Shalotung columbarium plans opposed by most green groups

Shalotung, near Tai Po Market, is one of Hong Kong's loveliest rural areas (see Shalotung superb for scenery, and easy strolling). It's one of the main country park "enclaves" - largely surrounded by country park, but with land that's unprotected.

Much of the area was bought by a developer perhaps three decades or more ago, and this developer has since put forward various plans - including an 18-hole golf course, since reduced to nine-hole course, both coupled with luxury housing, and after these were rejected on environmental grounds, recently suggested a columbarium. The columbarium plan has also proven controversial plan. From a South China Morning Post news item:

Sha Lo Tung project in doubt
Major green groups call on government to halt columbarium development which threatens to destroy wildlife haven
Ada Lee, Jun 14, 2012    
  
Pressure is mounting for a pilot development and conservation project in ecologically sensitive Sha Lo Tung to be shelved after 10 environmental groups jointly voiced their concerns about it.
The groups said the project, in which a developer plans a columbarium on part of the 4.1-hectare site while conserving the rest, could destroy the butterfly and dragonfly haven. They also said it offers a HK$6 billion opportunity to the developer.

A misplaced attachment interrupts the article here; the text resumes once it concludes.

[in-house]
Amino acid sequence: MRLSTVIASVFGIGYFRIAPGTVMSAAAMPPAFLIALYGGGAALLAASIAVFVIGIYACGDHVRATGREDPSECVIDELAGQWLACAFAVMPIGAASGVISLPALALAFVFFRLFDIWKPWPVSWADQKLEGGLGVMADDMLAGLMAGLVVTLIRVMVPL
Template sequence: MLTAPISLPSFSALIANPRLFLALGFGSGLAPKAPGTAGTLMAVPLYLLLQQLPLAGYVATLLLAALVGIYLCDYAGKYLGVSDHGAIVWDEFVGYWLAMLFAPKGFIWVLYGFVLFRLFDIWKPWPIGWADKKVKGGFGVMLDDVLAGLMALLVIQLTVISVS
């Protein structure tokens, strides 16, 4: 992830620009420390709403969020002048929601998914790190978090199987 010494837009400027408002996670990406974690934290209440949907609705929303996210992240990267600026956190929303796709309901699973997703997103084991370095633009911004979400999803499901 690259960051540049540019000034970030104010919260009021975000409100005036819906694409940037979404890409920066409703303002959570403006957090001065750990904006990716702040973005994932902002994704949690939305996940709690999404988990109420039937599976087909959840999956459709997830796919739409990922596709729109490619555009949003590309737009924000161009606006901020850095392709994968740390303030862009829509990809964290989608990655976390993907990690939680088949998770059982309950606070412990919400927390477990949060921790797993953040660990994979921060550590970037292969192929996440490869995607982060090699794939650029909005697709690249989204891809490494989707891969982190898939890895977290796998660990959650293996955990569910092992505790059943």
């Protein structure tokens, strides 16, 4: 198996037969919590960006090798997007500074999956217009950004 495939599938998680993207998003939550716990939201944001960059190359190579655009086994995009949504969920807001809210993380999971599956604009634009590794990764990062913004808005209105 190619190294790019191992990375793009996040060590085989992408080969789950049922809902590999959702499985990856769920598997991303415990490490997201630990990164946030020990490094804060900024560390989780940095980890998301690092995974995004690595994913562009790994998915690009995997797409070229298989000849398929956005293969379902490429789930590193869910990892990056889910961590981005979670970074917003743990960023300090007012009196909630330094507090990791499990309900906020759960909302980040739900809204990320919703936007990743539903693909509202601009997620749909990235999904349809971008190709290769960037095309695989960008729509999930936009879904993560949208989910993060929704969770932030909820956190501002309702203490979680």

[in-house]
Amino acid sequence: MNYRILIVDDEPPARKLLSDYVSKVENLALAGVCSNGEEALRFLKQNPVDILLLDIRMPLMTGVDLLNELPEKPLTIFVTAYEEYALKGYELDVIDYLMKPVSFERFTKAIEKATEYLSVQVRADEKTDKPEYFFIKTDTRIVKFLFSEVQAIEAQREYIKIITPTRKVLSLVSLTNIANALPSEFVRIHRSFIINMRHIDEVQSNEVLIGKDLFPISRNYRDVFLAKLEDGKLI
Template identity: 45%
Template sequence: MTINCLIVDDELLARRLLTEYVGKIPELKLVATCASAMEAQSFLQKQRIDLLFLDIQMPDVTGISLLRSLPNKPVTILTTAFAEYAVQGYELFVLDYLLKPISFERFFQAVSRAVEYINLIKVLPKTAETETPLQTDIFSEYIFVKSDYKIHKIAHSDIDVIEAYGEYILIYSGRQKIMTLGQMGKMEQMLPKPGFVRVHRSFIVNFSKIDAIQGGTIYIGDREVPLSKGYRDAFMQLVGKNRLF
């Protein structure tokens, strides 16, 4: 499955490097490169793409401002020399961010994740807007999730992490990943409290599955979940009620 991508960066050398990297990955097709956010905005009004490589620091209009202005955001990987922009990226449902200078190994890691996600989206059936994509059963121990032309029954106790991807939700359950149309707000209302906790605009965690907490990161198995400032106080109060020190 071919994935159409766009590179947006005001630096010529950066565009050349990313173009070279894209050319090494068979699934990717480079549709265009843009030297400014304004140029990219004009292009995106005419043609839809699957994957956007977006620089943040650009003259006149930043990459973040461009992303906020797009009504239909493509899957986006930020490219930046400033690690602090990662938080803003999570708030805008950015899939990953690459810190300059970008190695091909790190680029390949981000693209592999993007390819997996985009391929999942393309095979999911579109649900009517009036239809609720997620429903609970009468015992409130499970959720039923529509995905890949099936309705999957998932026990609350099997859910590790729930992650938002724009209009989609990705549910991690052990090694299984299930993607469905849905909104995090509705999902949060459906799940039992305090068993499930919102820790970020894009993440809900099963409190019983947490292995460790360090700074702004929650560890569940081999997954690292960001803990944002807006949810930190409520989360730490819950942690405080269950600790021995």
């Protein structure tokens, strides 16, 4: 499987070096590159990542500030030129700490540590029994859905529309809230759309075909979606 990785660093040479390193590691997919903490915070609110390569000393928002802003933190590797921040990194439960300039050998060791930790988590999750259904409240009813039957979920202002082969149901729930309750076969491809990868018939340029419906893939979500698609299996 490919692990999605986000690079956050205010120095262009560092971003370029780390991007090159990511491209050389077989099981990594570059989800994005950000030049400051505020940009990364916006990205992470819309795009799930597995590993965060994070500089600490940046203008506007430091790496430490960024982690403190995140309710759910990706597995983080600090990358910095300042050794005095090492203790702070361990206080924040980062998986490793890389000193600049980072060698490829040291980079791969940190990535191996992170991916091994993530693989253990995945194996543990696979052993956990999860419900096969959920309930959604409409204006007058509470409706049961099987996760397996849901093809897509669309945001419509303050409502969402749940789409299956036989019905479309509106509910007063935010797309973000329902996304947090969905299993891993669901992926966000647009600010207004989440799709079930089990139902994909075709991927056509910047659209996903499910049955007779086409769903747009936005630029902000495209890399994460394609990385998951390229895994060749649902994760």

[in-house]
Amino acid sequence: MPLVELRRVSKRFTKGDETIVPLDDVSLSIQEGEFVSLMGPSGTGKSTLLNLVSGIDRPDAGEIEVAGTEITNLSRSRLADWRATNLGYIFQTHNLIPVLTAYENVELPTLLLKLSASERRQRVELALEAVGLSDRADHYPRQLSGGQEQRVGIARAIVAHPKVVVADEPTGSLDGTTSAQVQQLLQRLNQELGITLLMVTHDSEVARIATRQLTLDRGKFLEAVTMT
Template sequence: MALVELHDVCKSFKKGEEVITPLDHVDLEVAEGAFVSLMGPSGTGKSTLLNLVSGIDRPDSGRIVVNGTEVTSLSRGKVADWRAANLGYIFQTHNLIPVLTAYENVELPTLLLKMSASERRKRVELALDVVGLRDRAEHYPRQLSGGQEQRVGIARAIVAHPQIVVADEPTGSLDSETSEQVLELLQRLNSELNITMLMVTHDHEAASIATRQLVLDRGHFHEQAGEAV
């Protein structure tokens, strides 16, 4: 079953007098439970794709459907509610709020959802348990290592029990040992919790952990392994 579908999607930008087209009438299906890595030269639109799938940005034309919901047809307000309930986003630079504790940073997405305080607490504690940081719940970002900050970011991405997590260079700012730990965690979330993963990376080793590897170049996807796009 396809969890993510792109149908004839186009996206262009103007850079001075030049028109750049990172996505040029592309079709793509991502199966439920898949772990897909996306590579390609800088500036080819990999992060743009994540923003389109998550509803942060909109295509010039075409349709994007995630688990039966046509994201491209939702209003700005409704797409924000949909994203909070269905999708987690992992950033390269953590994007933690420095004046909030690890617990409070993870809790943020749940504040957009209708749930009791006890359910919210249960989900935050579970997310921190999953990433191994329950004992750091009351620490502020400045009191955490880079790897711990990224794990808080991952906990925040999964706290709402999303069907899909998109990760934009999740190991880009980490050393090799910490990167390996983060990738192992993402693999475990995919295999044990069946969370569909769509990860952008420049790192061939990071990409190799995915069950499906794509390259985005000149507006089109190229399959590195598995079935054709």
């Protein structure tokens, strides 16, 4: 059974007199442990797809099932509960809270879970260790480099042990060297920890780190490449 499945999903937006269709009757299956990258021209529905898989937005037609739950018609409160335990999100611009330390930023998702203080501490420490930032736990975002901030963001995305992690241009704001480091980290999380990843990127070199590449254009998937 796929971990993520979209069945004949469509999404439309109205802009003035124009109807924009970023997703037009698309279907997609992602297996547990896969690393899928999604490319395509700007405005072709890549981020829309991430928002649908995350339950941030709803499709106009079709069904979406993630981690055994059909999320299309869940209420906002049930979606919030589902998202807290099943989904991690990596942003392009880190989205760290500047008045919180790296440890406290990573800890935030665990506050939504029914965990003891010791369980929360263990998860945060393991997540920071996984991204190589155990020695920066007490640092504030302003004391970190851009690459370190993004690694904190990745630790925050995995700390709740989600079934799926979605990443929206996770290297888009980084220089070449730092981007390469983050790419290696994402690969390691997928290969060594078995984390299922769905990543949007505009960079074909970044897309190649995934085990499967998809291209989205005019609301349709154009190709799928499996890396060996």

Describing it as "against common sense" and "not in line with government policies", they said the government should do a land-swap deal with the Sha Lo Tung Development Company, allowing the columbarium, with its 670,000 urn niches, to be built somewhere else. The Sha Lo Tung site should then be incorporated into the adjacent Pat Sin Leng Country Park.

Ruy Barretto, a specialist in environmental law, said the project was not in line with the government's 2004 nature-conservation policy and should be shelved until the incoming government reviewed the policy.

"We're sure that other fresh and open minds looking at this will see our proposal as sensible," said Barretto, a barrister and member of the Hong Kong Countryside Foundation that was set up last year with chief executive-elect Leung Chun-ying as one of the founders.

The project was launched after a policy change in 2004 to allow a public-private partnership to develop the less sensitive areas of a site while preserving most of the rest at the developer's expense. The developer would work in partnership with an environmental group. In this case, Green Power is the partner.
...
Former Observatory director Lam Chiu-ying, also a member of the countryside foundation, said the refuse, sewage, and smoke from joss sticks at the columbarium could seriously pollute the habitat, and the buildings could be eyesores.
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The groups estimated the developer could make HK$6 billion on the project, if one niche was sold for HK$100,000. The government would make HK$3 billion from the land sale.

They said the environmental report had ignored many key issues and called on the public to speak out.

The other organisations to sign the statement include the Conservancy Association, Friends of the Earth, Hong Kong Bird Watching Society, Green Lantau Association, Green Peace, Green Produce Foundation, Green Sense, and Kadoorie Farm and Botanic Garden.